The U.S. Army Corps of Engineers strategically delivers innovative solutions, through partnerships, and is able to provide value to the community and Nation.
The New York District is a part of the community and collaborates with other federal and state agencies, non-governmental organizations and academic institutions on projects and programs of mutual interest.
The New York District continues to maintain a proactive partnership to identify and implement innovative solutions with the goals of enhancing the environment.
During Estuary Week in September of 2016, the New York District took to the waters within the New York Harbor Estuary and hosted a “Partner Harbor Inspection” aboard the Army Corps vessel MV Hayward.
Attendees included Army Corps senior military leaders, Brig. Gen. William Graham, Commander of the North Atlantic Division and Col. David Caldwell, Commander of the New York District and over 70 representatives from Federal, State, municipal, non-Government organizations, and academia.
Senior leaders from Headquarters, U.S. Army Corps of Engineers included Ray Wimbrough, of the North Atlantic Division Regional Integration Team, Leigh Skaggs of the Office of Water and Project Review, and Charles Hall and Andrew MacInnes from the Ecosystem Restoration Center of Expertise.
The MV Hayward set sail early morning and traveled down the Hudson River into the New York Harbor, westward along the Kill Van Kill Channel and into Newark Bay, NJ where the bay is dotted with various port facilities.
Col. Caldwell made the introductory remarks as the vessel traveled along waterfront with agency heads, civic leaders and partners seated on the bow.
"This harbor inspection is a celebration of our partnerships and achievements," said Col. Caldwell. "This is once again a fantastic event to bring so many partners together in one venue to discuss our programs, celebrate our successes and focus on future efforts to restore and protect the harbor estuary."
With the American flag, USACE flag and North Atlantic Division Commanding General's pennant flapping in the wind from the mast of the MV Hayward, it traveled along the waterfront route as partners took to the microphone and spoke about accomplishments, future partnering, restoration activities, and methods to continue to work collaboratively.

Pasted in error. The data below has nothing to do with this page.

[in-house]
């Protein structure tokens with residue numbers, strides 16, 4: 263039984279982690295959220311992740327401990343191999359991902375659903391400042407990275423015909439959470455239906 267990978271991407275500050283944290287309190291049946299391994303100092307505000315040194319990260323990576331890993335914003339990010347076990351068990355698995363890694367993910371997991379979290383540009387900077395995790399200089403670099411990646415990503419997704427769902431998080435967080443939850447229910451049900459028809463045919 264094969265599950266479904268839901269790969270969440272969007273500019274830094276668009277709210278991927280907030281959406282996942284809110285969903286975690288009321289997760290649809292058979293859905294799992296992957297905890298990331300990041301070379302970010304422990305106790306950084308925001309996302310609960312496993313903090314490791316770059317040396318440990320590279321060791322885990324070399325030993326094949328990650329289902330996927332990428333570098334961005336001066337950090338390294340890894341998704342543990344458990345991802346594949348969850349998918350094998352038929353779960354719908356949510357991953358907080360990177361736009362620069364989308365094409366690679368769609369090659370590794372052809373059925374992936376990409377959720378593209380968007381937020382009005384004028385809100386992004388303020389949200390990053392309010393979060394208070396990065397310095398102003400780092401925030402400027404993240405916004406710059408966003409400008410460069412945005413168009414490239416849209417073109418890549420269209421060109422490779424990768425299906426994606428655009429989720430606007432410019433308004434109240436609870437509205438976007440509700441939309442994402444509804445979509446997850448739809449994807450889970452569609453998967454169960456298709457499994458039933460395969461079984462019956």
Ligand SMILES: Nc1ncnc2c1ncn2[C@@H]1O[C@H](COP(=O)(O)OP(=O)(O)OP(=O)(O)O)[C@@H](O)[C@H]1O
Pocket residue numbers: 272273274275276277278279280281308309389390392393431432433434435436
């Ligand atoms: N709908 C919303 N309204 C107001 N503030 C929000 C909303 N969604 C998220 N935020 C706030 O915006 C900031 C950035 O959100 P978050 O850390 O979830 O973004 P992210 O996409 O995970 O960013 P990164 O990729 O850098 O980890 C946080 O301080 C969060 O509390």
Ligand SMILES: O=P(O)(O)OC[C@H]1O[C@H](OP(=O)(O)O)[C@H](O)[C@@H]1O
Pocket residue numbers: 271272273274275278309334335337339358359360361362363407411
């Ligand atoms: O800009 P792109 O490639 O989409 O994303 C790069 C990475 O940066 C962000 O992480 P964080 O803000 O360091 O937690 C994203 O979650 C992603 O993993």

Individual New York District representatives provided overviews about the Corps' missions and programs of Civil Works, Operations, Sandy, and ecosystem restoration.
Specific briefings by Corps project managers and points of interest included the South Shore Staten Island Coastal Study, Hudson River Habitat, Liberty State Park, Harbor Deepening completion, Passaic-Hackensack Rivers-Newark Bay Superfund mission, Passaic Tidal, Passaic-Hackensack restoration, and Old Place Creek study.
A comprehensive overview of the Bayonne Bridge Raising Project was briefed by the Port Authority of New York and New Jersey, along with briefings about the water syphon project by the City of New York Department of Environmental Conservation, and the Rebuild by Design Projects by the U.S. Department of Housing and Urban Development.
Distant Points of Interest topics included the Sea Gate-Coney Island Improvement Project, East Rockaway-Jamaica Bay Reformulation Study, Jamaica Bay Restoration perimeter sites and Marsh Islands, and discussions about the Spring Creek North Ecosystem Restoration, by the New York City Department of Parks and Recreation, and Spring Creek South Coastal Restoration, by the New York State Department of Environmental Conservation, followed by the New York Rising Howard Beach by the New York State Governor’s Office of Storm Recovery.
Col. Caldwell spoke about the recent celebration of the completion of the New York Harbor Deepening, one of the largest Civil Works projects in the nation.
Discussed also was the 50 million cubic yards of dredged material from the harbor deepening that resulted in the restoration of more than 160 acres of marsh islands in Jamaica Bay, N.Y., the stabilization of the shoreline at Plumb Beach, N.Y, the restoration at Lincoln Park in Jersey City N.J., and placement of sand along the shoreline to protect beaches.
Also discussed was Corps and partners working together on post Sandy recovery projects making significant progress to restore beaches and expedite ongoing planning efforts to manage coastal storm risks and the implementation of 59 projects throughout the region to Repair, Restore, or Plan solutions for more resilient coastlines.
"The Hudson Raritan Estuary Feasibility Study is critical to advance large scale restoration projects in the future," said Lisa Baron, Project Manager. She spoke about the latest printed version of the comprehensive restoration plan. "Version 1.0 of the Comprehensive Restoration Plan was released and the Draft Feasibility Report is scheduled for release this fall which will recommend more than $600 million worth of restoration including 33 projects for new construction authorization."
"I'm pleased to carry on this tradition of this partnership, and I thank all the partners and stakeholders for their continued support and participation," said Col. Caldwell.
The responsibility to deliver environmentally sound projects and services to customers touches every program within the Corps and the scope and magnitude of environmental issues that the Corps addresses make it stand out.
“We are proud of our special partnership. By working together to find solutions, we can accomplish so much more," said Baron.
The New York District continues to maintain a proactive partnership to identify and implement innovative solutions with the goals of enhancing the environment. This collaboration has led to many successful projects and ensures environmental efforts meet the needs of the public.